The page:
“I’m so stressed”
“My anxiety is really bad right now”
“This is really stressing me out”
“I can’t control my anxiety”
“I have so much stress in my life”
These are phrases we hear as counselors all the time, and I assume you hear and/or say these phrases often in your own life. We often hear the words “stress” and “anxiety” used interchangeably, but have you ever stopped to think about what these words actually mean? They sound similar -- and they are to a degree -- but the clinical definitions of them show them to be two different experiences.
Let’s start with some definitions:
These definitions teach us an important and often overlooked fact - stress is not what happens to us, but rather how we react to what is happening to us. Undergoing stress most often results from external events/stressors rather than internal experiences. So for example, the sweaty palms, shaky hands, fast heartbeat, stomach discomfort, and anxious thoughts that come and go in relation to what’s going on in your life are probably related to your experience of stress rather than chronic anxiety.
On the other hand, if you are regularly experiencing these symptoms and can’t always identify an external trigger, then perhaps there is something more going on than just stress. While stress is typically a short term experience that dissipates when the stressor has been removed, anxiety is internal and ongoing.
Now that we’ve defined what stress and anxiety are, maybe you’re thinking,
“Yep, that sounds like me” or
“Now, I’m stressed that I might have anxiety!”
Here’s the thing -- stress is normal. It’s a process designed by God to help us be productive and stay safe. Many scholars even say that a little bit of stress is good for you! Think about it -- let’s say a bear is chasing you, and you need to escape. It’s an AMAZING thing that the appropriate hormones are released so that you can all of a sudden be faster and stronger to run away!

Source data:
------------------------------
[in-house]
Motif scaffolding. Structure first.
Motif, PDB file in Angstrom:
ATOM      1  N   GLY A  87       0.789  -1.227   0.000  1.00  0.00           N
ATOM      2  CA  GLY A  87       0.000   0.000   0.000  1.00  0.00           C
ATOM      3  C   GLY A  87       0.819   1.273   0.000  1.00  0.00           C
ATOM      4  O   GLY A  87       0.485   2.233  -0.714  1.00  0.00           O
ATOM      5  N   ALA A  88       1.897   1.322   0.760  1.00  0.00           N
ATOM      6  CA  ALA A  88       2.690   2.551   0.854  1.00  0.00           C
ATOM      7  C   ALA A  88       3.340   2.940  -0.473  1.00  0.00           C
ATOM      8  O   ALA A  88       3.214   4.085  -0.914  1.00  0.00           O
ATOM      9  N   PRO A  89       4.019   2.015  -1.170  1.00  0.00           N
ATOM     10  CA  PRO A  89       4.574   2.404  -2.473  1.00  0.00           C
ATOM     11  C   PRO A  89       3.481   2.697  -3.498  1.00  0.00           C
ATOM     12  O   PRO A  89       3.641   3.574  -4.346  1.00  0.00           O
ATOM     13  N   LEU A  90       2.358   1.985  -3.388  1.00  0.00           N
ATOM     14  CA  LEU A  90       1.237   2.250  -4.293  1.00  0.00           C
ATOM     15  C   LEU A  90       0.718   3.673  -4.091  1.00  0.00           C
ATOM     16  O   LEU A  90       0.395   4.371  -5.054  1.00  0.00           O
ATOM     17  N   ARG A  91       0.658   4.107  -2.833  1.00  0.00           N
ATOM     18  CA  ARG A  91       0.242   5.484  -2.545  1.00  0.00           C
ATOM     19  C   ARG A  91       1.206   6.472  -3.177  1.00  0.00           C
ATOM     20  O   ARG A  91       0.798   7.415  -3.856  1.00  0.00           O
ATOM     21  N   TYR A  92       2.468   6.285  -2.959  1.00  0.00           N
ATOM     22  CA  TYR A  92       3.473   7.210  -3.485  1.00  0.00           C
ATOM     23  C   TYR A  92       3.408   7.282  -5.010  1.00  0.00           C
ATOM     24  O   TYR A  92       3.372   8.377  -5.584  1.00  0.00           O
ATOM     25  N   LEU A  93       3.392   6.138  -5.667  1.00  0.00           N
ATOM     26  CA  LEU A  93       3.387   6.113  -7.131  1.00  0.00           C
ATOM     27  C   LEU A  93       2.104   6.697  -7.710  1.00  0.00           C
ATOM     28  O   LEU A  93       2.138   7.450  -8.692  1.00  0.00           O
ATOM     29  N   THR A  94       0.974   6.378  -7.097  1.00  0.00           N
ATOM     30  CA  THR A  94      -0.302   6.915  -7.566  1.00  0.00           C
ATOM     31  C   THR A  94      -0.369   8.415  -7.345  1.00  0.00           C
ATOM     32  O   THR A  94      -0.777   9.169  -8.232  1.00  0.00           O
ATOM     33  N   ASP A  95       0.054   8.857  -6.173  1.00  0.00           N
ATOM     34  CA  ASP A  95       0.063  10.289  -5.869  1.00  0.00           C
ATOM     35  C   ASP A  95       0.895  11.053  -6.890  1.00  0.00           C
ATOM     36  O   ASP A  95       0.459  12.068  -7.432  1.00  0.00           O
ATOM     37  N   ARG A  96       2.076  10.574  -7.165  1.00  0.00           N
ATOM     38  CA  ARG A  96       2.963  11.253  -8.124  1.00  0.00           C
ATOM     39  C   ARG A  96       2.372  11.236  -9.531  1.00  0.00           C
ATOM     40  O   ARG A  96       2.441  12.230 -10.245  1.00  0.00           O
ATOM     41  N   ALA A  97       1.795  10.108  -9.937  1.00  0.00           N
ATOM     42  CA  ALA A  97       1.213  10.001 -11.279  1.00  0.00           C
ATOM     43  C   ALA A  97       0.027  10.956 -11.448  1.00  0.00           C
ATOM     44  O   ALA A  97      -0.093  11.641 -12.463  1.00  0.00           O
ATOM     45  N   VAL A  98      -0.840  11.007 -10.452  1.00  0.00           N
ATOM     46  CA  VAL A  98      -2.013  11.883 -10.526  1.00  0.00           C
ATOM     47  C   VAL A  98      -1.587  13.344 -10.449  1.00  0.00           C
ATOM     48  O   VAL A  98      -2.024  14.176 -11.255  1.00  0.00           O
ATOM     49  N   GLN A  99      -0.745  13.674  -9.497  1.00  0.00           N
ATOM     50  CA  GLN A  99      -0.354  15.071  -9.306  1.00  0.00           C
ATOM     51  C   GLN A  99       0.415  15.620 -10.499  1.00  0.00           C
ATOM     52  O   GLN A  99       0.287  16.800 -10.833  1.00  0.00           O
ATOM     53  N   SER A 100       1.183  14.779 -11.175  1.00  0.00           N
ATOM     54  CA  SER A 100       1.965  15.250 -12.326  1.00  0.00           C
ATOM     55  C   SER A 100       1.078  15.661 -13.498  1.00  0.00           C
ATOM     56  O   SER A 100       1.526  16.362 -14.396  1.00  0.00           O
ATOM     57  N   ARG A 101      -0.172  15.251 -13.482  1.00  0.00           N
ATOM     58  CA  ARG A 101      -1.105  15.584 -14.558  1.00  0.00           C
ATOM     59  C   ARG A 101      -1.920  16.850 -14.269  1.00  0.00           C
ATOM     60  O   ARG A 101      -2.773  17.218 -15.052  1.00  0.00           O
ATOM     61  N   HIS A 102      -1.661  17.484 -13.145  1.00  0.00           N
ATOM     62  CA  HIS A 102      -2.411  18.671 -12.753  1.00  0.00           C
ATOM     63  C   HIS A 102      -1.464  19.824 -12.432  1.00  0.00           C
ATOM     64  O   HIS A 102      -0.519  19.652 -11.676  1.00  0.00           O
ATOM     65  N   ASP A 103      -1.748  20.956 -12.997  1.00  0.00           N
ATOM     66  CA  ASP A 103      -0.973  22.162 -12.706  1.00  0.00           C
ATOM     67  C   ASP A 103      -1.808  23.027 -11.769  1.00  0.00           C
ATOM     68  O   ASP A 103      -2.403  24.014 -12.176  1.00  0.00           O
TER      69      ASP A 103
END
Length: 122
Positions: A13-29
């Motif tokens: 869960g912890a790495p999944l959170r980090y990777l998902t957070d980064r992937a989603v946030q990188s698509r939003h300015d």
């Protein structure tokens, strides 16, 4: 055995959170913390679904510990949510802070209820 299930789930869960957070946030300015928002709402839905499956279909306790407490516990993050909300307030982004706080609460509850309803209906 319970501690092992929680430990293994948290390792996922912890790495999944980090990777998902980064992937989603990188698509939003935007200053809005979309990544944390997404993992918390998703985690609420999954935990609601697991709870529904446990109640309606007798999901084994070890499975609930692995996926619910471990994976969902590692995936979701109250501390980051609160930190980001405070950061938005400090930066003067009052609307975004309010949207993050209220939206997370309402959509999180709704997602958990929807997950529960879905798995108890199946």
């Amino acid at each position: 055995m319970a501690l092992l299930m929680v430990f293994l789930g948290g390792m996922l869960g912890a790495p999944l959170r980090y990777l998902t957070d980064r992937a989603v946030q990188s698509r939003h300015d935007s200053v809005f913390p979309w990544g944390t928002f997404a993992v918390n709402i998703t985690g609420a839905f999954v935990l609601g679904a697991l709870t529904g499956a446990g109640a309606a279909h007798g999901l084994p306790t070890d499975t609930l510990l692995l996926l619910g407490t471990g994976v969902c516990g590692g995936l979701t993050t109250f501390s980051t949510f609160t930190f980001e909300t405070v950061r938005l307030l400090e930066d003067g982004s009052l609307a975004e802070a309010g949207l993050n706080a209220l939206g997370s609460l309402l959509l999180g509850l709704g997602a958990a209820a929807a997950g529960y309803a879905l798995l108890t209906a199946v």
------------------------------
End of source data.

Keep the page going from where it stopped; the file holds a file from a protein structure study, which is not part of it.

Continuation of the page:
But, let’s be real. Most of us aren’t needing all of that adrenaline and cortisol so that we can escape from a hungry bear on a daily basis. In modern society, we are faced with stressors like an upcoming job interview or caring for a sick loved one. Stressors in our fast-paced world seem to come without end, and we usually face not one but many stressors at a time. The result is that we go about our days in a chronic state of stress response, which ends up harming us more than it helps us.
Fortunately, stress can be managed with the right strategies and a little bit of work. Here are a few research-based practices that can help you take on the stressors in your life with confidence:
As for anxiety, it can also be managed and treated with the right kind of help. The stress management strategies listed above can be very effective in coping with anxiety, however seeking professional help is always the best option. Anxiety disorders have different roots, and it’s important for a licensed clinician to perform assessments to help determine appropriate treatment. Everyone’s experience of anxiety is different, and meeting with a trained therapist can open the door to finding the best treatment plan for you.
At Bethel Haven, we are primarily offering TeleMental Health services during the COVID-19 pandemic in order to promote the safety of our staff as well as our clients. Even though sessions are not taking place in the office, we are still taking new clients at this time and would love to support you as you combat stress and anxiety and work to stay well mentally, emotionally, and spiritually! If you feel that the time is right for you to start seeing a therapist, give us a call!
Written by our counselors to help promote your help, hope, healing